Saturday 27 May 2017

Mature students have clearer vision

Gary Mulcahy

Going to college as a mature student can be a daunting prospect but the benefits and the experience far outweigh any worries.

Whether long-term unemployed, retired, studying in a further education college or if you wish to upskill, there is an opportunity to study a full-time undergraduate degree programme.

Mature students are the life-blood of any university, challenging themselves, their classmates and their lecturers so that they may reach their goal. It is my experience that mature students have a clear knowledge of what they wish to achieve in university and this can translate into highly qualified graduates.

A common misperception is that you must have sat a Leaving Certificate (or similar in an EU country) to go to college. As a mature student, you do not have to have a completed Leaving Certificate.

However, some courses do require that you have certain Leaving Certificate subjects studied. For more information about courses available and the requirements for these courses, check with colleges.

The biggest struggle that a lot of mature students face is how to juggle family life with academic life, while trying to afford their education. Getting support from your family and friends is vital to success.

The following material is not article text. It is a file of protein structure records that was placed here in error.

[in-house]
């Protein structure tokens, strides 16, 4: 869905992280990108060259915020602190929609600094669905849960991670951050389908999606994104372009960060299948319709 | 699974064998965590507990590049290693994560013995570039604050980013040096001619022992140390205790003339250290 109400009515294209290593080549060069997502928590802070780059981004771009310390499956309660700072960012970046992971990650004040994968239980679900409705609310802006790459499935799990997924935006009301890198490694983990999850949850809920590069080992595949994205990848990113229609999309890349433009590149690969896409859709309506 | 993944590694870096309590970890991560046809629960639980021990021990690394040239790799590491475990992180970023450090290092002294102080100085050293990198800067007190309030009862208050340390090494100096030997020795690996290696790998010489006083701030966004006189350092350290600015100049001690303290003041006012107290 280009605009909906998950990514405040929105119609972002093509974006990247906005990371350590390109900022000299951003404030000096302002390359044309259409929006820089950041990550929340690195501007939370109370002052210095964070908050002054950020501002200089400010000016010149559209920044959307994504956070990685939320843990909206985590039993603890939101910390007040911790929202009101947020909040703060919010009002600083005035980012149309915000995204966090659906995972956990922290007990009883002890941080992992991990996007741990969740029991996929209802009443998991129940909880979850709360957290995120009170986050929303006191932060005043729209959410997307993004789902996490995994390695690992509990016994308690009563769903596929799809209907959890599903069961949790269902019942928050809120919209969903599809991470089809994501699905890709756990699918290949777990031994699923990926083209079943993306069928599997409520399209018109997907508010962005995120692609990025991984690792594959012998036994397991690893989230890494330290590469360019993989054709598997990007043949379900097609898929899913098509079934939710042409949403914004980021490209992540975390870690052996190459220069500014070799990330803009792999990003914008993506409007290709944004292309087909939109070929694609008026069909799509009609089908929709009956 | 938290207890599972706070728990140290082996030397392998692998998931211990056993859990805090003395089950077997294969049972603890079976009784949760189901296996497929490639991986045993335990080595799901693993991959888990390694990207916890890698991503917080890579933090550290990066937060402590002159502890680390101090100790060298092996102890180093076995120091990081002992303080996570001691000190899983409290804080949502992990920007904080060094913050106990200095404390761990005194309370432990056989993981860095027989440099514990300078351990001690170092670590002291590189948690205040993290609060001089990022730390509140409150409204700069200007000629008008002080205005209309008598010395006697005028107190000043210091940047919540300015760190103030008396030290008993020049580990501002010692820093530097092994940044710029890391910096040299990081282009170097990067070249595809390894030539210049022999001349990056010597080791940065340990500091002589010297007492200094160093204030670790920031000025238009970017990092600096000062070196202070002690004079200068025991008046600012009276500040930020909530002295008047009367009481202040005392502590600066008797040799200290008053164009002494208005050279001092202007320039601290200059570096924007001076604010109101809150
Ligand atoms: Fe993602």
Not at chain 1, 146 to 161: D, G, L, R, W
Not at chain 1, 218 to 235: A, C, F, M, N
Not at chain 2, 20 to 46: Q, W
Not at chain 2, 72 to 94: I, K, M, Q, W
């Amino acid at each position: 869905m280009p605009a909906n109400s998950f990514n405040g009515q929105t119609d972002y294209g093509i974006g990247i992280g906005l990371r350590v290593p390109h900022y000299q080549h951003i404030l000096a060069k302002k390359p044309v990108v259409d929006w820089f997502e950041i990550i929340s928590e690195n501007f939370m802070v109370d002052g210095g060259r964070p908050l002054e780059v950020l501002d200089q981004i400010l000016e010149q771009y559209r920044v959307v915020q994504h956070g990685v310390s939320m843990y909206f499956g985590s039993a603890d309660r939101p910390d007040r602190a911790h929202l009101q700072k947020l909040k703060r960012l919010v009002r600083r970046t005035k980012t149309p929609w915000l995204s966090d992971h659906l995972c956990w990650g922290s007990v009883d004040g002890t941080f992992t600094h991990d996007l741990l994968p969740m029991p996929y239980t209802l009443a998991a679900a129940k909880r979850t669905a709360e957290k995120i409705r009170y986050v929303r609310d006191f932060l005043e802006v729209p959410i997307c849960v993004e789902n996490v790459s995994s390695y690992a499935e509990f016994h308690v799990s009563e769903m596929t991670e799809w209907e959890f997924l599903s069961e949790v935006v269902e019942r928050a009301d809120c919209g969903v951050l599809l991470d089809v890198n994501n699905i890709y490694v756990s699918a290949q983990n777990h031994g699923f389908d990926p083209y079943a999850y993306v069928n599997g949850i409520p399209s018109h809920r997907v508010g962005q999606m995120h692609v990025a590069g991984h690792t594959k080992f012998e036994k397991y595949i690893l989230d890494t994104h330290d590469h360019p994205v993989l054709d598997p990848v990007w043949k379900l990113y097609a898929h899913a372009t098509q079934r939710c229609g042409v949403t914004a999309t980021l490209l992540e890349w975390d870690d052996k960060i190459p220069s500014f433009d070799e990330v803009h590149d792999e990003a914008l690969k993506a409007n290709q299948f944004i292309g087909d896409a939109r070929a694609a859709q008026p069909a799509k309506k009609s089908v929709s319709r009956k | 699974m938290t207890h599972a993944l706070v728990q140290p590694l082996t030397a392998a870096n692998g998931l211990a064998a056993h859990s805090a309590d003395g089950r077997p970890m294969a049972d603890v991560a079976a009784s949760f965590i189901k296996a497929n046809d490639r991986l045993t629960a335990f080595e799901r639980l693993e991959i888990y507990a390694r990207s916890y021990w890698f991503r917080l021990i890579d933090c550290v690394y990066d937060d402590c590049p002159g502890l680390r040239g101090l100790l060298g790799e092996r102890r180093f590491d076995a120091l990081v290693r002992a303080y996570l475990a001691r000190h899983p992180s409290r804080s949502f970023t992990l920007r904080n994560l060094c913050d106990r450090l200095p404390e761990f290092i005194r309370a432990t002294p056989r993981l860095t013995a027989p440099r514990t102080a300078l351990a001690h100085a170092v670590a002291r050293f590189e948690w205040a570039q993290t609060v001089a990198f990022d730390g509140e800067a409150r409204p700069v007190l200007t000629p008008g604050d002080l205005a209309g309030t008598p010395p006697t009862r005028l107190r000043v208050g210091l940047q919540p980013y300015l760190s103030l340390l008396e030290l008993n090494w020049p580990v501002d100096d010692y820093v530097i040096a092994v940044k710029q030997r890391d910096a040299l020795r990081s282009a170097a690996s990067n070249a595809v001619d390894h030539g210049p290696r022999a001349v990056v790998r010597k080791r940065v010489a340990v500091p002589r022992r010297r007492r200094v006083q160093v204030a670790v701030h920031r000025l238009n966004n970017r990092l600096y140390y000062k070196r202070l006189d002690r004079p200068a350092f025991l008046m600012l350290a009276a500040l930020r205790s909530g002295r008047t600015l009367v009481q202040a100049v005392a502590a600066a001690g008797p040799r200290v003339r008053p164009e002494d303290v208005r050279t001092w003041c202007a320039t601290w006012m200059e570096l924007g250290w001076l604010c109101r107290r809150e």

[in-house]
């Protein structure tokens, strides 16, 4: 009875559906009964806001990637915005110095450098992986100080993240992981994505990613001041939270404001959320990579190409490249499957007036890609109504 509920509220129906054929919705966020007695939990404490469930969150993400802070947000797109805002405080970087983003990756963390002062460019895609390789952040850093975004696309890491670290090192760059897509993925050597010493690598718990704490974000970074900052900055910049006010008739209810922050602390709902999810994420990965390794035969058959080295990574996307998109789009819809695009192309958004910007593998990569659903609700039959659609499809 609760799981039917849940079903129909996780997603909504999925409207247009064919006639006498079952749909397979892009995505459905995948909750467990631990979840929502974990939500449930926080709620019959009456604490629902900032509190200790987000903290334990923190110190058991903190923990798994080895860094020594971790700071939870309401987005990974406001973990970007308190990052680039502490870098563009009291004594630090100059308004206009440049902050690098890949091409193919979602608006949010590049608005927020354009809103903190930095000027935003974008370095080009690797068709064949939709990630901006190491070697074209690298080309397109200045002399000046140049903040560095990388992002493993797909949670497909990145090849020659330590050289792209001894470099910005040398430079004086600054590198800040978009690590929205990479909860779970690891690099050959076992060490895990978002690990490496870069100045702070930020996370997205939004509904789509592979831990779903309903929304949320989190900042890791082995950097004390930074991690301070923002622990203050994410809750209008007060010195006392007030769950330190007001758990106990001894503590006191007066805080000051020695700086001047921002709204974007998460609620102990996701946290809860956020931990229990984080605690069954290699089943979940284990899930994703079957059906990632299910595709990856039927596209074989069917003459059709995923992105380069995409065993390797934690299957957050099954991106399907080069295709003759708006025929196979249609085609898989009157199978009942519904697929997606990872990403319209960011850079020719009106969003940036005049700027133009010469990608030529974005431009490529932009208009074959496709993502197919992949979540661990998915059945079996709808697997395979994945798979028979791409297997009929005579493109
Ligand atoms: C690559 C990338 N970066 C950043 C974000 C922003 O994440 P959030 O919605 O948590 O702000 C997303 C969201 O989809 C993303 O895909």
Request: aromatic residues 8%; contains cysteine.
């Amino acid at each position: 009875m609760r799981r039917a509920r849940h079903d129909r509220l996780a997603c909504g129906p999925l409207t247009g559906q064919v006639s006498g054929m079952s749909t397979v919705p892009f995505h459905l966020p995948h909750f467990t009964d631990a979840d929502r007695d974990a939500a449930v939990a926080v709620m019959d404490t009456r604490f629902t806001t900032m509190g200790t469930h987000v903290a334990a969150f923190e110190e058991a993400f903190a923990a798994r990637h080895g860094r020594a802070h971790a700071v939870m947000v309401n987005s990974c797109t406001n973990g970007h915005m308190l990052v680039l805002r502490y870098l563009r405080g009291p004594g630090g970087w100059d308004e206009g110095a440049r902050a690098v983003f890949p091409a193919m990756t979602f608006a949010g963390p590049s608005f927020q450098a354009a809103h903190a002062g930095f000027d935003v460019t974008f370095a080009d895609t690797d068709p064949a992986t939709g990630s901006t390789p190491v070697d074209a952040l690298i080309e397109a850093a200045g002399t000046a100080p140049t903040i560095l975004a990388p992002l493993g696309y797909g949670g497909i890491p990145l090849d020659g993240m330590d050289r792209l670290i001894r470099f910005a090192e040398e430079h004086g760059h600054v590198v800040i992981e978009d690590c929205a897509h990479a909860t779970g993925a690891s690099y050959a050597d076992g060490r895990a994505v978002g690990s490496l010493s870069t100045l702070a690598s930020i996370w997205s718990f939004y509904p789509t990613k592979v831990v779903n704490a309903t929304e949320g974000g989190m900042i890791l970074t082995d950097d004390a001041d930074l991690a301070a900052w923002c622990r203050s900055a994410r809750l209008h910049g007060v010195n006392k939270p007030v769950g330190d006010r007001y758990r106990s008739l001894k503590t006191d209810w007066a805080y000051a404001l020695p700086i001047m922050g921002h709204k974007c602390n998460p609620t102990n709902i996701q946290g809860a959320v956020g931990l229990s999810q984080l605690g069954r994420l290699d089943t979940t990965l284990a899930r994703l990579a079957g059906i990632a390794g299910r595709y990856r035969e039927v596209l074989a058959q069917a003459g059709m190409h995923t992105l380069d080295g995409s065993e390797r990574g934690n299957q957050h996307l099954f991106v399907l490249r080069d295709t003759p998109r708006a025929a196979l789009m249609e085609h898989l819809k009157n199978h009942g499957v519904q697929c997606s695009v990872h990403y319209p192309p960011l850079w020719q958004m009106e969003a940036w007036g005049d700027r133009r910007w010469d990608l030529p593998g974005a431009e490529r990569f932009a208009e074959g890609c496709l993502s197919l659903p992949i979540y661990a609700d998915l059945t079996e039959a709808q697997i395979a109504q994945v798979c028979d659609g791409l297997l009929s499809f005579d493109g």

Financing university life can also be a challenge but, depending on personal circumstances, there are various supports in place, such as the SUSI maintenance grant, the Back to Education Allowance and/or the Student Assistance Fund. If you wish to know more about these forms of finance, go to

Colleges also offer a range of other advice and supports to help mature students through college life, whether the problem is personal or academic. For instance, the Transition to University Programme at UCC provides students with a working knowledge of the college and its systems, along with various workshops, such as academic writing. Our Mature Student Common Room is a great place to hang out, chat and have a cup of tea with like-minded students.

Mature students applying for certain courses in UCC, UCD and NUI Galway also have to sit an assessment test known as Mature Student Admissions Pathway (MSAP); more information can be found on

The MSAP is relevant for courses in the College of Arts, Celtic Studies and Social Sciences, UCC; the College of Arts and Celtic Studies and College of Human Sciences, the College of Science and the College of Agriculture, Food Science and Veterinary Medicine in UCD; and the College of Arts, Social Sciences and Celtic Studies in NUI Galway.

It is important to note that the normal closing date for mature student applications for the 2013/14 academic year is February 1, 2013. For information on the application process, go to

Applicants for Medicine must apply for and sit the Health Professions Admissions Test (HPAT) and details can be found on

Gary Mulcahy, Mature Student Office, UCC.

Irish Independent Supplement

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